Writing needs to make sense.
Sometimes, whether intentional or otherwise, a sentence that seems to have one meaning can turn into a joke with several. You might understand that when I say "several," I mean "several meanings." I didn't need to make further clarification, but some people do. The way that we use deceptive (short words that we know the meaning of intuitively that are easy to skip over or ignore) or implied words have a significant impact on the way that ideas are presented and meant.
Imagine if I had said "the" (definite) joke rather than "a" (indefinite) joke. If I'd said "the" joke, it would be unclear as to which joke I'd meant. I didn't introduce any jokes, so that wouldn't make sense.
Here's one example that Steven Pinker uses to illustrate his point on the effects and further impact of a big part of what creates written context: "After Governor Baldwin watched the lion perform, he was taken to Main Street and fed 25 pounds of raw meat in front of the Cross Keys Theater."
This time, the culprit is the pronoun. It wouldn't have been a crime to replace "he" with "the lion." Pinker even recommends mostly ignoring the unspoken rule about referring to things the same way twice. The problem is that "lion" and "he" are too close together. Knowledge of style, in this case, is very intuitive.
Referring to things the same way several times in close proximity is monotonous, and that makes the information given difficult to retain. By carefully avoiding the pitfall of straying away from a topic, its importance would be ignored as well.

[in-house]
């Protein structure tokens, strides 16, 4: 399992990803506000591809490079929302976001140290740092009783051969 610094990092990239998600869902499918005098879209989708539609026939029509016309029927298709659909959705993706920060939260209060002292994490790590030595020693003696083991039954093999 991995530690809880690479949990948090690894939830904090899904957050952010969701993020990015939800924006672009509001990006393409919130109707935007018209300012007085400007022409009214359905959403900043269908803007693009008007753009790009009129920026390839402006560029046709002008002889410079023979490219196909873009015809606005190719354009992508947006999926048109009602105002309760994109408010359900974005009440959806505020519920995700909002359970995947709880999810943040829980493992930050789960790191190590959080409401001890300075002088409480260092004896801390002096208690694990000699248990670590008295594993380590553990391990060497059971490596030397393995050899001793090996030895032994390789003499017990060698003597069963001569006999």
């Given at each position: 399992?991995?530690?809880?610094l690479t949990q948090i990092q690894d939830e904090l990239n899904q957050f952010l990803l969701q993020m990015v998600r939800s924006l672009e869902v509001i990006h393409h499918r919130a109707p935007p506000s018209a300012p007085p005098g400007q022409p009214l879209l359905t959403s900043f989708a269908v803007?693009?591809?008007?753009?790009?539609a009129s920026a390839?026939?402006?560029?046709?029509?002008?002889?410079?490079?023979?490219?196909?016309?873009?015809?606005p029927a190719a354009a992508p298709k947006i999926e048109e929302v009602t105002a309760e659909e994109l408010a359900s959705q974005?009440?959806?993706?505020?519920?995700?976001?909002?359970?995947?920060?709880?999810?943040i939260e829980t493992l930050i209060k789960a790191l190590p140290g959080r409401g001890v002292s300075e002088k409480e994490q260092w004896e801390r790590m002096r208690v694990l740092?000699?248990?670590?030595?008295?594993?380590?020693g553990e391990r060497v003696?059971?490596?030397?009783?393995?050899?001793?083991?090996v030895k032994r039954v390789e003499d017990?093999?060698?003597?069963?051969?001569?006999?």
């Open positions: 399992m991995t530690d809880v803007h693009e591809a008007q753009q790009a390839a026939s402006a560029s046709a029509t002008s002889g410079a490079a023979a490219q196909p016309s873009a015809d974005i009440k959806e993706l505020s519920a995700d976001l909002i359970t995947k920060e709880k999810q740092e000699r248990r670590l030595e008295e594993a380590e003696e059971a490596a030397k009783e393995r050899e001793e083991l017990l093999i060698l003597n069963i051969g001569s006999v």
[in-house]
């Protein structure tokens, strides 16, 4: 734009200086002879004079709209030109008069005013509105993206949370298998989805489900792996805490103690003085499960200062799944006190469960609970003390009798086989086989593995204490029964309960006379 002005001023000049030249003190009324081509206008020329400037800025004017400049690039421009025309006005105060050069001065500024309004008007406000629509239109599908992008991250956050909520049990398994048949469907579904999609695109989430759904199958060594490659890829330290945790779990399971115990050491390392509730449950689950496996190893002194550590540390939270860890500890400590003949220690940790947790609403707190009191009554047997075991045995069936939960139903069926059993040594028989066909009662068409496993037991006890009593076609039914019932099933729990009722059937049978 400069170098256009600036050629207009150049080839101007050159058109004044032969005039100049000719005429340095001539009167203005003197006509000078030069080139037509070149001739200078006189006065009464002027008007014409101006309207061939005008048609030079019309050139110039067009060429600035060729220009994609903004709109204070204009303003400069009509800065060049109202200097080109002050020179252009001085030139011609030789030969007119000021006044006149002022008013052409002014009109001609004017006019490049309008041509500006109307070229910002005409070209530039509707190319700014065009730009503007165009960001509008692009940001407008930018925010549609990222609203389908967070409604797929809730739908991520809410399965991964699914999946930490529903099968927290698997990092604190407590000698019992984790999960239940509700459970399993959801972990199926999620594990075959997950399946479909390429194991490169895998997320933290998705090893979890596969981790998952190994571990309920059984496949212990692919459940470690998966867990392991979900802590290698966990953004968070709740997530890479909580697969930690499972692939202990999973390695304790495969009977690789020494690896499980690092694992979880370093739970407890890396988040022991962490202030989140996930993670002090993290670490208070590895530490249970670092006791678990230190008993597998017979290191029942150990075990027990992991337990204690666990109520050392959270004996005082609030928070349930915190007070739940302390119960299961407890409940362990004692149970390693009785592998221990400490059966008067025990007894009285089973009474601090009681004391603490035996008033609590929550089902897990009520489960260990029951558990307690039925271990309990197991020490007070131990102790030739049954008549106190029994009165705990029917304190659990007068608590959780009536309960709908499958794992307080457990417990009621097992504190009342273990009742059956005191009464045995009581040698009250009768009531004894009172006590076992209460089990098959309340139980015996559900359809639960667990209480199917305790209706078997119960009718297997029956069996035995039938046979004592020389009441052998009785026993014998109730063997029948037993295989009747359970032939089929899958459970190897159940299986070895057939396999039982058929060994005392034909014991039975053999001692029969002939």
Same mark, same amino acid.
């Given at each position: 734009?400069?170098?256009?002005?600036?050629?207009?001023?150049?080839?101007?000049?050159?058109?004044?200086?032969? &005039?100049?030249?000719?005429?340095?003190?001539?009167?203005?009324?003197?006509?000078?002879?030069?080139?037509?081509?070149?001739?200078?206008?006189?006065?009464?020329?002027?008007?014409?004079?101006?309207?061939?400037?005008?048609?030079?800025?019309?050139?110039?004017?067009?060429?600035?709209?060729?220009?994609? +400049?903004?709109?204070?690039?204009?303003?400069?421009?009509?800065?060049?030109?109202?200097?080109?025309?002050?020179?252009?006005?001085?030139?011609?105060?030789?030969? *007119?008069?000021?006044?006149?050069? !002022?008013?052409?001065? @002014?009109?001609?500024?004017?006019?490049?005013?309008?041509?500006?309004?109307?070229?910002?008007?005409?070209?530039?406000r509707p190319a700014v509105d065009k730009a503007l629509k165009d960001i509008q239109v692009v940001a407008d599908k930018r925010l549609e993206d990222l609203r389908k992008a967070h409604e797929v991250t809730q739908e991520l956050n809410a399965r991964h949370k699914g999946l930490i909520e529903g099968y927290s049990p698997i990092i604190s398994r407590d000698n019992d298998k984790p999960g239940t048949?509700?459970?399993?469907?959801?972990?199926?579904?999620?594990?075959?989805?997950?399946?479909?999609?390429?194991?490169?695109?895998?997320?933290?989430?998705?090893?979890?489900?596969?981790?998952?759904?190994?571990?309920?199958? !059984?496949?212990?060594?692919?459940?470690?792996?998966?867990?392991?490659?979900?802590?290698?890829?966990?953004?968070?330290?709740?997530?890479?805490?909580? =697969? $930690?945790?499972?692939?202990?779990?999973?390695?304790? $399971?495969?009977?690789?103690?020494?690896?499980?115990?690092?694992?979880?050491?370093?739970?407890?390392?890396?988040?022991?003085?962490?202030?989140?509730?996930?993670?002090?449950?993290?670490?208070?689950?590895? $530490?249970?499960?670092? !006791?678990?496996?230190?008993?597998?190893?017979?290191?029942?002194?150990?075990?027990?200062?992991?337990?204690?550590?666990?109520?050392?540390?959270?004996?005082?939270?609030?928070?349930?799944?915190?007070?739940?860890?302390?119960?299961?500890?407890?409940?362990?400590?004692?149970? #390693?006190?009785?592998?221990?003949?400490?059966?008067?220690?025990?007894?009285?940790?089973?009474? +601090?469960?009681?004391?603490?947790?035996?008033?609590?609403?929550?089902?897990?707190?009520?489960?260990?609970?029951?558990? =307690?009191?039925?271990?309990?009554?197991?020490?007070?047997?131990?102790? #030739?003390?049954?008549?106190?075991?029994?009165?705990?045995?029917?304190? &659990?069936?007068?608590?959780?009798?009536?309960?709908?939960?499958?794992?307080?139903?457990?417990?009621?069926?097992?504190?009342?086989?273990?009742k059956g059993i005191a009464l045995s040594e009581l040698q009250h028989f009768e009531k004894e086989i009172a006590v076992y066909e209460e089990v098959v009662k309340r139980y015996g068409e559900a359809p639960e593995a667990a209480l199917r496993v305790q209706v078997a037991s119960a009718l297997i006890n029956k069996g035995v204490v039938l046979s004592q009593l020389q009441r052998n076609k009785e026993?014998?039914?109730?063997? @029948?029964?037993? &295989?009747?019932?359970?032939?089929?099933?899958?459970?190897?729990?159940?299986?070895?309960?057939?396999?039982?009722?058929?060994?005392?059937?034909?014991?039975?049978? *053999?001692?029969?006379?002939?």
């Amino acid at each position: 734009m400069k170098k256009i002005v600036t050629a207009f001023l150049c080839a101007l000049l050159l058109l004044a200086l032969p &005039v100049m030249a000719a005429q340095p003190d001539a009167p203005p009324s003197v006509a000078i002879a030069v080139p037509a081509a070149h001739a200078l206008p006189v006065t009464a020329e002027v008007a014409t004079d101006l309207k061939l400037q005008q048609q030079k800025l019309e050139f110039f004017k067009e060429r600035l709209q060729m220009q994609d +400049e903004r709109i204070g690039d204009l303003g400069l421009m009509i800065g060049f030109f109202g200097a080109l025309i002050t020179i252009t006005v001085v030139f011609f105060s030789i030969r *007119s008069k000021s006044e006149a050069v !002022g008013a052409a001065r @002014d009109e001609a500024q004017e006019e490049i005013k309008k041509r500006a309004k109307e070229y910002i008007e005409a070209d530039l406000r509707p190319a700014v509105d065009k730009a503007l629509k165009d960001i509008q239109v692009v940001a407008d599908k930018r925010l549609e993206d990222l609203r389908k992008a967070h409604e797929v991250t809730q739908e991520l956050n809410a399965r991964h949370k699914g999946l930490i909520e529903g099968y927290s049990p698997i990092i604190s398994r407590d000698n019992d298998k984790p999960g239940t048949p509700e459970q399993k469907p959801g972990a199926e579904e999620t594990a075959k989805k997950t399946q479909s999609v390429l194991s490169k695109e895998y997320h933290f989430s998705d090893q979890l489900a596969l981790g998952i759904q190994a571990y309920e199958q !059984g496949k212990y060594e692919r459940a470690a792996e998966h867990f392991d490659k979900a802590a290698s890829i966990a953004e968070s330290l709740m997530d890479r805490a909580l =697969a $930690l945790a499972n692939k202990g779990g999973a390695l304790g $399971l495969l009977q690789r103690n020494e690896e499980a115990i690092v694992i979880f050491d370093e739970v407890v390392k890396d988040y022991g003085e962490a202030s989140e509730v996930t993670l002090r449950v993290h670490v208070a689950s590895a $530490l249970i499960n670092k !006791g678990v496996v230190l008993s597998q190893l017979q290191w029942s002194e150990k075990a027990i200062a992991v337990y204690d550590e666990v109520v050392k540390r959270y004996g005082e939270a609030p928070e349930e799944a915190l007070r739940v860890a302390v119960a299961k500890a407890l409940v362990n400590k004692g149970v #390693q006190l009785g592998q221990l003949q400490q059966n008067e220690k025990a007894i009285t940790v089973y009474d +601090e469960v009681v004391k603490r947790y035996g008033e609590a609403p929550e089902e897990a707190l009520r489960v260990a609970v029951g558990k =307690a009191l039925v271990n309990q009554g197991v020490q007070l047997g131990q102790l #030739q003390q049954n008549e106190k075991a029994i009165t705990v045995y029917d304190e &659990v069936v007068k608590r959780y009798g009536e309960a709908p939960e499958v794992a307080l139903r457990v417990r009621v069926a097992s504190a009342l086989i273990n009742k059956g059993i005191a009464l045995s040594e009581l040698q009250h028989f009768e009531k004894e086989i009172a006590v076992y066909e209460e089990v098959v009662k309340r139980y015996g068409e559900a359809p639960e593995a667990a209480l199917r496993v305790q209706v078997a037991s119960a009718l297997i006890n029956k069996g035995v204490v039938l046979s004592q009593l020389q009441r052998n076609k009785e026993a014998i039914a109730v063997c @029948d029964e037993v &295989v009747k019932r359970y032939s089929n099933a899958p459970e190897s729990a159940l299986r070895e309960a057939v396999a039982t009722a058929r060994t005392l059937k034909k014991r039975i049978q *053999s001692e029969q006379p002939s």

Topics are necessary, so an exercise that Pinker performed on one of his examples is to parse out each sentence based on its relevance to the subject. He'd put parts of sentences [representing the whole] that pertained to the subject of the excerpt on one side of the page in list form. Then, he put parts of sentences that didn't relate to the topic on the other half. The goal was to have more on the left side in terms of quantity, but to have enough on the right side to take the topic where it needed to be.
I won't perform the exact analysis that Pinker performs on his excerpt, and certainly not to that extent, but I've chosen a passage that exemplifies creative and coherent writing with a clear and definite message.
"Animals and plants provide us with life-saving drugs and food, they pollinate crops and provide important ingredients or many industrial processes. Ironically, it is often not the big and beautiful creatures, but the ugly and less dramatic ones, that we need most.
Even so, the loss of a few species may seem irrelevant compared to major environmental problems such as global warming or the destruction of the ozone layer. But while nature has considerable resilience, there is a limit to how far that resilience can be stretched. No one knows how close to the limit we are getting. The darker it gets, the faster we're driving.
There is one last reason for caring, and I believe that no other is necessary. It is certainly the reason why so many people have devoted their lives to protecting the likes of rhinos, parakeets, kakapos, and dolphins. And it is simply this: the world would be a poorer, darker, lonelier place without them" (Adams, 1989).
Beginning with the first sentence, we already see that the subject is about the importance of animals and plants to our existence and way of life. Since we've already been introduced to our topic of plants and animals, we are certain as to what "they" in the second half of the sentence refers to.